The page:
And Crick has had no small role in smashing that wholly undeserved reverence. He clearly loves the job, applying the same skills he acquired as a student hack to making politicians squeal in front of camera. What makes a good hack, I ask? “It’s about getting people to do things when you don’t actually have much power, just the power of ambition” is the straightforward reply. The same applies to journalism. After the Leveson Inquiry the media industry is currently on its knees, but the importance of holding power to account has never been more important.
Predictably perhaps, Crick’s familiarity with politicians has made him totally immune to their charms and suspicious of ideology. He left university firmly in the Labour camp, though “to the right of 1980s Labour”, a natural stance for a grammar school and Oxbridge lad of that generation to take. This soon changed. “You have an opinion-ectomy when you go into broadcast journalism” he says very matter-of-factly, though print journalism is of course an entirely different kettle of fish. At Oxford he had “always intended journalism to be the means into politics”, but when the opportunity to stand in a by-election in a safe Labour seat presented itself, he turned it down and has “felt liberated” ever since.
More than that though: thirty years of close association with Westminster life has hollowed out the politics in him. As a leading political observer he is constantly asking ‘how’, ‘why’ and ‘when’, but in doing so he has unlearnt and rejected the ‘ought’. It’s dispiriting to hear him say, both because of what it tells you about the cynicism of Parliament by those closest to it and the implications of that: that we’re going to continue to see dull humanoids occupy Parliament. So apathetic is Crick that he “[doesn’t] vote at all, partly because of the job I do but partly I don’t know what I think any more. The only view I have now is that I’d bring back capital punishment, but only for people who drop chewing gum on pavements.”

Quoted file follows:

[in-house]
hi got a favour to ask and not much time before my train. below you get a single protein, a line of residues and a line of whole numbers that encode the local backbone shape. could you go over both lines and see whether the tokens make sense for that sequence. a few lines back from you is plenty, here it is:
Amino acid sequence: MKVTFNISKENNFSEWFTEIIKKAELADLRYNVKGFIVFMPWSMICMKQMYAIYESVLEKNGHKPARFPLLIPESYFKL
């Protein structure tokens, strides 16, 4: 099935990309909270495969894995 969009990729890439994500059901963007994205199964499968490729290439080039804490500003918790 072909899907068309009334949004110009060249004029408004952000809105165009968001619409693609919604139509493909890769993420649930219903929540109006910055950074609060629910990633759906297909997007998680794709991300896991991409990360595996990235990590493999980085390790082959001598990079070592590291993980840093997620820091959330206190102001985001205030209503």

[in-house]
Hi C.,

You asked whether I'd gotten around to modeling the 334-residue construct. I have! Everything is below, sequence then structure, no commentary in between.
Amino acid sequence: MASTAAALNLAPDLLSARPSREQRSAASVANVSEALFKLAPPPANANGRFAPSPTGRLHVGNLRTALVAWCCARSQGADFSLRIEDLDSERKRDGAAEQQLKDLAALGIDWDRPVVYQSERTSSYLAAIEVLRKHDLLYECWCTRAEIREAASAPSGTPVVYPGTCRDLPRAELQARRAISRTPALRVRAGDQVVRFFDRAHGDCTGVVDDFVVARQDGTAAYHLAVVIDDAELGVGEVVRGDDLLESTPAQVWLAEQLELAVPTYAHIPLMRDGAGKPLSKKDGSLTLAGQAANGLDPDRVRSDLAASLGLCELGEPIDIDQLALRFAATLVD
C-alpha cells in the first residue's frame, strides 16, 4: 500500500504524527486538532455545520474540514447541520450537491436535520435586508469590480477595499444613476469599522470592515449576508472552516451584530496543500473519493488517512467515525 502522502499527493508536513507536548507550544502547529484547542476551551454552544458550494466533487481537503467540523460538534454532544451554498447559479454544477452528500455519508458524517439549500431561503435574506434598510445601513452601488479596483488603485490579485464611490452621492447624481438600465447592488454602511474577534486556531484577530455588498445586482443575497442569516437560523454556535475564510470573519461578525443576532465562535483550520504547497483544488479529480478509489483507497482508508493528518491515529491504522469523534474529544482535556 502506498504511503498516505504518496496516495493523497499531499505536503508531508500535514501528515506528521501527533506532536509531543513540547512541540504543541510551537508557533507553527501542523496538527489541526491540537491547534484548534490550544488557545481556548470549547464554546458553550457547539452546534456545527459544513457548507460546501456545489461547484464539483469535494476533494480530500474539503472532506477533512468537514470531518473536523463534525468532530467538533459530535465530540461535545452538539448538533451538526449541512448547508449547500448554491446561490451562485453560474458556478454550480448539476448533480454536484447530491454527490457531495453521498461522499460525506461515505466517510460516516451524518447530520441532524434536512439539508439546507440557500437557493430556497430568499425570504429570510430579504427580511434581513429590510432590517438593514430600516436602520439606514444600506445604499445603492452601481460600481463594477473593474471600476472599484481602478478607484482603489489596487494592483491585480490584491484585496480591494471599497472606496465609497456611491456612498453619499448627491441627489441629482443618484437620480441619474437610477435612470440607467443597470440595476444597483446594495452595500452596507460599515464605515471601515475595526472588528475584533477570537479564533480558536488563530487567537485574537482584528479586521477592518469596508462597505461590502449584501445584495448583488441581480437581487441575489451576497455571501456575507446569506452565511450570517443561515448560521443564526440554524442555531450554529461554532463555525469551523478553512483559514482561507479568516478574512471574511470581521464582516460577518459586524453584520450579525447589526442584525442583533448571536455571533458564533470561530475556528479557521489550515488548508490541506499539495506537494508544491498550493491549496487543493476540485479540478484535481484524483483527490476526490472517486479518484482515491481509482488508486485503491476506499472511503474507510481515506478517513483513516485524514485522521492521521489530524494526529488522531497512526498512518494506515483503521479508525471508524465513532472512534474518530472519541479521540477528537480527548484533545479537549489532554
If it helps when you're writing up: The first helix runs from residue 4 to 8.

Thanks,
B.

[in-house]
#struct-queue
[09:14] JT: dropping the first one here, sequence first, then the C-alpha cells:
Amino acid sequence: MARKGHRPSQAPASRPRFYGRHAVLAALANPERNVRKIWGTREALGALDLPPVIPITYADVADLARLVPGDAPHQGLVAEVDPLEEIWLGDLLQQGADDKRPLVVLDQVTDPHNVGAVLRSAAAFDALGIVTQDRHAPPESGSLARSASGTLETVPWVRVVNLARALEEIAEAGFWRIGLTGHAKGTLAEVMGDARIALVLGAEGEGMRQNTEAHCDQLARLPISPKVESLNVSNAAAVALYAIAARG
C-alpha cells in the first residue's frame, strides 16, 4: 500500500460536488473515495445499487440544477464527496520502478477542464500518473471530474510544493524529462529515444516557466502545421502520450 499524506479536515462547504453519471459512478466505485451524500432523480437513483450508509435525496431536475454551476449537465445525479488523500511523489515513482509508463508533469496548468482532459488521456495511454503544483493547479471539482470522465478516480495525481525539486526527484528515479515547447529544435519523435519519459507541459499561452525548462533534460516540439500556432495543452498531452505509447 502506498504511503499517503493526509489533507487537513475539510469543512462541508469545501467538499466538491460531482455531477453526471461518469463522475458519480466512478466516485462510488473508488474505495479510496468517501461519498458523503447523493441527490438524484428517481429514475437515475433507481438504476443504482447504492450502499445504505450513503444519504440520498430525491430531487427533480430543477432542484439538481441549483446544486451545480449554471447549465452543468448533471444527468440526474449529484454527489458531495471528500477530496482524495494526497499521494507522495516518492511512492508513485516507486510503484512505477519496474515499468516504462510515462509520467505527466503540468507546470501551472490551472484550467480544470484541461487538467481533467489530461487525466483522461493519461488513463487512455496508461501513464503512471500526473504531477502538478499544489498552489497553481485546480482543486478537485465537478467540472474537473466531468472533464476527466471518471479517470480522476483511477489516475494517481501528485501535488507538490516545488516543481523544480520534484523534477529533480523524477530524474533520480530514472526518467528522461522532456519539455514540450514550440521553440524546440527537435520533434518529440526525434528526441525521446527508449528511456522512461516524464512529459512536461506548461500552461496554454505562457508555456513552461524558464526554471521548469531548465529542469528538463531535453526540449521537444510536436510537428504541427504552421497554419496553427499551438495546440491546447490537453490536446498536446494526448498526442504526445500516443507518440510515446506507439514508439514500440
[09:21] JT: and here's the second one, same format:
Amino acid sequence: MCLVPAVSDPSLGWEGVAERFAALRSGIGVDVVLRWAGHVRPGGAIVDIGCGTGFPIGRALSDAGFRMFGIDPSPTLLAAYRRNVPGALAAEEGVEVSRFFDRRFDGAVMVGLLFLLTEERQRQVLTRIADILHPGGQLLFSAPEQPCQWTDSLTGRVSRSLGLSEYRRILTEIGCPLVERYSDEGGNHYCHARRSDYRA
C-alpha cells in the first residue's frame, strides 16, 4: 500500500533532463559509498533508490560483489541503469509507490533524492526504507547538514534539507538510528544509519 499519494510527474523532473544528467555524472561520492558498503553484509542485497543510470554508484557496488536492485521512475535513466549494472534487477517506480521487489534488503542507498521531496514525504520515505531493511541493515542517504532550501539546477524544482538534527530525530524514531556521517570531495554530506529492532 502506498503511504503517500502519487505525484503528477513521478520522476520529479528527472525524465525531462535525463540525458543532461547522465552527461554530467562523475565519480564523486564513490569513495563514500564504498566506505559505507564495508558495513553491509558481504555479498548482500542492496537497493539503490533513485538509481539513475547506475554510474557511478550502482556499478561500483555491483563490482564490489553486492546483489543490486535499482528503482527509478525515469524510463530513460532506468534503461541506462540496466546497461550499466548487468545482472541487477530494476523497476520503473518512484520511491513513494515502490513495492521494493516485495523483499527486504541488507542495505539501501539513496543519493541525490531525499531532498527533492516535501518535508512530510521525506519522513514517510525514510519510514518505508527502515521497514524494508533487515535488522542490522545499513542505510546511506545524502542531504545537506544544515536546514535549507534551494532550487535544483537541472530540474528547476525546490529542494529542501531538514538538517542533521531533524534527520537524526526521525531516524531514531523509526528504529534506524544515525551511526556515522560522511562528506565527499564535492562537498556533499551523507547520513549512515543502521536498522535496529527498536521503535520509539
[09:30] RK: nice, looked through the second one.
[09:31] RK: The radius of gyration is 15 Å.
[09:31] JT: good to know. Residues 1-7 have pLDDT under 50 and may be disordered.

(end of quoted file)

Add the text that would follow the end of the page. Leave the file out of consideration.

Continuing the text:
What words of wisdom does he have for those who want to follow him into media career? “Build alliances” is his answer, “stay in touch with people you meet at Oxford.” The implication I take from this is that journalism is nepotistic – if you look at how many journalists had parents or close family in the profession then you’ll understand how true this remains. Crick however claims never to have obtained a job through contacts, but as the industry contracts and graduate schemes become scarce, they will be increasingly important. “Being a journalist employs a narrow range of skills” is his last piece of advice, so it’s vital “to master those skills” and develop a specialism in the area you want to cover.
That powerful people go to great lengths to avoid Crick is a testament not only to how well he does the job, but to how much a spirited and informed democracy relies on quality, investigative journalism. As Newsnight, Crick’s old haunt, has been thrown into crisis in recent weeks, that point should be made with all the more force. Whilst I can imagine despising the nakedly ambitious Crick as a student, the grown-up version is almost impossible not to warm to. In that sense the message for today’s generation of hacks is far from bleak.